A comparison of self-supervised speech representations as input features for unsupervised acoustic word embeddings

14 Dec 2020  ·  Lisa van Staden, Herman Kamper ·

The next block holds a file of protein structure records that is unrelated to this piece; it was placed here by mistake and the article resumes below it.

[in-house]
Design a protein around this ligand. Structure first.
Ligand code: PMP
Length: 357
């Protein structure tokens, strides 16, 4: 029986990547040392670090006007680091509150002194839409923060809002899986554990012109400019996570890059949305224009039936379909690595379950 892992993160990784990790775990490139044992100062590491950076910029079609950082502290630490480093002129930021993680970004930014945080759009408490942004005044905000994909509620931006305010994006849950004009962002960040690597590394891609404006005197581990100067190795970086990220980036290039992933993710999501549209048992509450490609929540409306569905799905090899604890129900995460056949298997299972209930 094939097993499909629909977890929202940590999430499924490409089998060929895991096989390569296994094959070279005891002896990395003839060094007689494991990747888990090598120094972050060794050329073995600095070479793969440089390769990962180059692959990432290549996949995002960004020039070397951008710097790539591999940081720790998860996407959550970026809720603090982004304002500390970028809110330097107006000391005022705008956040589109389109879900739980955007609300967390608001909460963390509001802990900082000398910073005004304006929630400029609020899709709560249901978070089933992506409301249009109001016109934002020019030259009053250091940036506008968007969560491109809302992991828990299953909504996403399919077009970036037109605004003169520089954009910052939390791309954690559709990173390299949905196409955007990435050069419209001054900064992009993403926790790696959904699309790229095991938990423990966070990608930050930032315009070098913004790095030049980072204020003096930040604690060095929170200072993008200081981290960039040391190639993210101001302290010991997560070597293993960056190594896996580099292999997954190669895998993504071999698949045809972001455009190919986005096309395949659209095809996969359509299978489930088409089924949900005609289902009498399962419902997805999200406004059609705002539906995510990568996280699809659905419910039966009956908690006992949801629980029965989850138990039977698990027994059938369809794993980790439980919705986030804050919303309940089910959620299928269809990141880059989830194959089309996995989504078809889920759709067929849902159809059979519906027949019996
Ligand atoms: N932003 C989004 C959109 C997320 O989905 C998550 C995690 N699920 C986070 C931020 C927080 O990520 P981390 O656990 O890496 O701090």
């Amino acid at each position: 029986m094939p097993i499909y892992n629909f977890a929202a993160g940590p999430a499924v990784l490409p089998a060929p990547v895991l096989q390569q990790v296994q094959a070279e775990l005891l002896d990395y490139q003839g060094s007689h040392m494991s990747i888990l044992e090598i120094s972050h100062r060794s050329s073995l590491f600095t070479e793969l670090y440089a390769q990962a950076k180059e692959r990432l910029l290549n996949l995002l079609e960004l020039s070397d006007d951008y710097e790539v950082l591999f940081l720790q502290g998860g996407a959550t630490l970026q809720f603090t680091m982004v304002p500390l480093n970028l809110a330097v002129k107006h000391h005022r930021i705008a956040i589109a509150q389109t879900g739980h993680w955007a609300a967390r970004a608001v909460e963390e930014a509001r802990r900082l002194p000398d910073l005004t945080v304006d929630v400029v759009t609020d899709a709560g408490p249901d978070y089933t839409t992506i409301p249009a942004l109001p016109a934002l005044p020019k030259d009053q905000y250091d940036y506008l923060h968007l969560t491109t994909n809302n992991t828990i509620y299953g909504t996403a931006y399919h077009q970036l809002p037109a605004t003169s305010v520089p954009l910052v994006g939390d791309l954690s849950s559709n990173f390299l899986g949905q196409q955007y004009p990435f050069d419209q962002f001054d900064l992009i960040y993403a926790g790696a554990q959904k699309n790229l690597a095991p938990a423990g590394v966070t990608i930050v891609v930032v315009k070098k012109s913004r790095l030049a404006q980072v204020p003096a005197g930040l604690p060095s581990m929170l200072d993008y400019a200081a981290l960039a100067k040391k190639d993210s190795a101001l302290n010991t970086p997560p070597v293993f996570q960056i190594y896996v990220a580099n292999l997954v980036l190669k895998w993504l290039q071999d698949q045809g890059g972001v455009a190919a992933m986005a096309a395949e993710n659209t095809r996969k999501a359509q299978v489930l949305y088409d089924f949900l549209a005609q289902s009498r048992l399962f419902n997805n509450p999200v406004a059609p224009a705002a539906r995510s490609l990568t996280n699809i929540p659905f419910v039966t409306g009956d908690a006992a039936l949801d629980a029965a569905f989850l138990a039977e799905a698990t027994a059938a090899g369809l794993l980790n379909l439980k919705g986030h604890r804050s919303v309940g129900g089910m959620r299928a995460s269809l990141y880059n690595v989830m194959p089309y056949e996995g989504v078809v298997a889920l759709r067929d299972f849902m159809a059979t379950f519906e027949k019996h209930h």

Many speech processing tasks involve measuring the acoustic similarity between speech segments. Acoustic word embeddings (AWE) allow for efficient comparisons by mapping speech segments of arbitrary duration to fixed-dimensional vectors. For zero-resource speech processing, where unlabelled speech is the only available resource, some of the best AWE approaches rely on weak top-down constraints in the form of automatically discovered word-like segments. Rather than learning embeddings at the segment level, another line of zero-resource research has looked at representation learning at the short-time frame level. Recent approaches include self-supervised predictive coding and correspondence autoencoder (CAE) models. In this paper we consider whether these frame-level features are beneficial when used as inputs for training to an unsupervised AWE model. We compare frame-level features from contrastive predictive coding (CPC), autoregressive predictive coding and a CAE to conventional MFCCs. These are used as inputs to a recurrent CAE-based AWE model. In a word discrimination task on English and Xitsonga data, all three representation learning approaches outperform MFCCs, with CPC consistently showing the biggest improvement. In cross-lingual experiments we find that CPC features trained on English can also be transferred to Xitsonga.

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